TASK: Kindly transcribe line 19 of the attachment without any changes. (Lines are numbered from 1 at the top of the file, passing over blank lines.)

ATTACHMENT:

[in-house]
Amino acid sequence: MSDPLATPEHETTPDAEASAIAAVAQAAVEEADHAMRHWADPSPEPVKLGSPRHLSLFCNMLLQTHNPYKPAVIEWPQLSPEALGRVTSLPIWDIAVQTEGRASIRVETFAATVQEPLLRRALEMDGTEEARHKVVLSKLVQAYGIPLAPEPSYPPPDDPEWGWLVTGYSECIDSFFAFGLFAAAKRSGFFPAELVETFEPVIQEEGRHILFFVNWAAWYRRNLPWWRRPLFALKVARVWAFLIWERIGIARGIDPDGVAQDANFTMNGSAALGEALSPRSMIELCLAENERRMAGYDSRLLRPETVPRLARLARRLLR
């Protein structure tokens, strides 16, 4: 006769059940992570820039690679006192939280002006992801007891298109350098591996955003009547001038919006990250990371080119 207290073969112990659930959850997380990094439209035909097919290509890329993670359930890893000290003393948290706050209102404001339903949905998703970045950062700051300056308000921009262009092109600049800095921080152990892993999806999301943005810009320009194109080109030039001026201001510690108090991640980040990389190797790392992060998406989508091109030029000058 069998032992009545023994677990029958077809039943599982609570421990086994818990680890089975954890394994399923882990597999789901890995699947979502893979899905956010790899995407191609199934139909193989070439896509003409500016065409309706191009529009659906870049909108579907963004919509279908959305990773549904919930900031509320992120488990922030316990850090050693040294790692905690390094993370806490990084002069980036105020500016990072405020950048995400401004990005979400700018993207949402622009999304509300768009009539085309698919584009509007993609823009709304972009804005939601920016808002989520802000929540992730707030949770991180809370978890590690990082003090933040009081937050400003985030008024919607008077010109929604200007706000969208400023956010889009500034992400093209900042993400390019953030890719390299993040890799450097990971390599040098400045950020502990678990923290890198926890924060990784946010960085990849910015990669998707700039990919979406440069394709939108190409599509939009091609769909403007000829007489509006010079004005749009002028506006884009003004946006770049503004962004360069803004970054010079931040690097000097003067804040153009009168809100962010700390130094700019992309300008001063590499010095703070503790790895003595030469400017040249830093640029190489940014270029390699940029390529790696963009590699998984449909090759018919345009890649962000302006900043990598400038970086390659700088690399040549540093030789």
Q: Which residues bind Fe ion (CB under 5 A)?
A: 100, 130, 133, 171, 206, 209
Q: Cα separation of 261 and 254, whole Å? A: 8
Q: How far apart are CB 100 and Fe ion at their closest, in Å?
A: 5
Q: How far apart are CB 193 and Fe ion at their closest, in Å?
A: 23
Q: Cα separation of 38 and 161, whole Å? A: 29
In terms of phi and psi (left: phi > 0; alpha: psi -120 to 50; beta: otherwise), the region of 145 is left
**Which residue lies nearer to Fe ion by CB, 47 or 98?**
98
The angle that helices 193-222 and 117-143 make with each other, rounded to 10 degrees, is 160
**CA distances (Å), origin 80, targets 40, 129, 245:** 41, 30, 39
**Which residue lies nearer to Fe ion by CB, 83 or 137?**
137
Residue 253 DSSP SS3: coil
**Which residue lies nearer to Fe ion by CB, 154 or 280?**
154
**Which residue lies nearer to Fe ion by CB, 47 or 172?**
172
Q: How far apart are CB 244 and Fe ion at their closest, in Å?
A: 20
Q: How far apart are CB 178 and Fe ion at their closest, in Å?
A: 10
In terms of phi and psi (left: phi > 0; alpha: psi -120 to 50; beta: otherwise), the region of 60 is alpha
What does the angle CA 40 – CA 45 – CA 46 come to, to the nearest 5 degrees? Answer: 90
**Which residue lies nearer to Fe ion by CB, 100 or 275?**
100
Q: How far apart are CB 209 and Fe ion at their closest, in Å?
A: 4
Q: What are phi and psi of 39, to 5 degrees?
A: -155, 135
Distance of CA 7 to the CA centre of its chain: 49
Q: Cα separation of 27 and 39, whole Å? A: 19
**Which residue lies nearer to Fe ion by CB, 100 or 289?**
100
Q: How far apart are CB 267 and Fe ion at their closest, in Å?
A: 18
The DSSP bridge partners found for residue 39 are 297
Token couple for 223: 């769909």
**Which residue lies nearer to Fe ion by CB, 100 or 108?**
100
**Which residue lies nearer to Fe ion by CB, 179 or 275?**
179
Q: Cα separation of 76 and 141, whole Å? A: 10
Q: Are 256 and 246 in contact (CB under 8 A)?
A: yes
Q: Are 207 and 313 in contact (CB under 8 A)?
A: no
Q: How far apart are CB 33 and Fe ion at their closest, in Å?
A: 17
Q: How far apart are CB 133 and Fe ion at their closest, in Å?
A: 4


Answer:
Residue 253 DSSP SS3: coil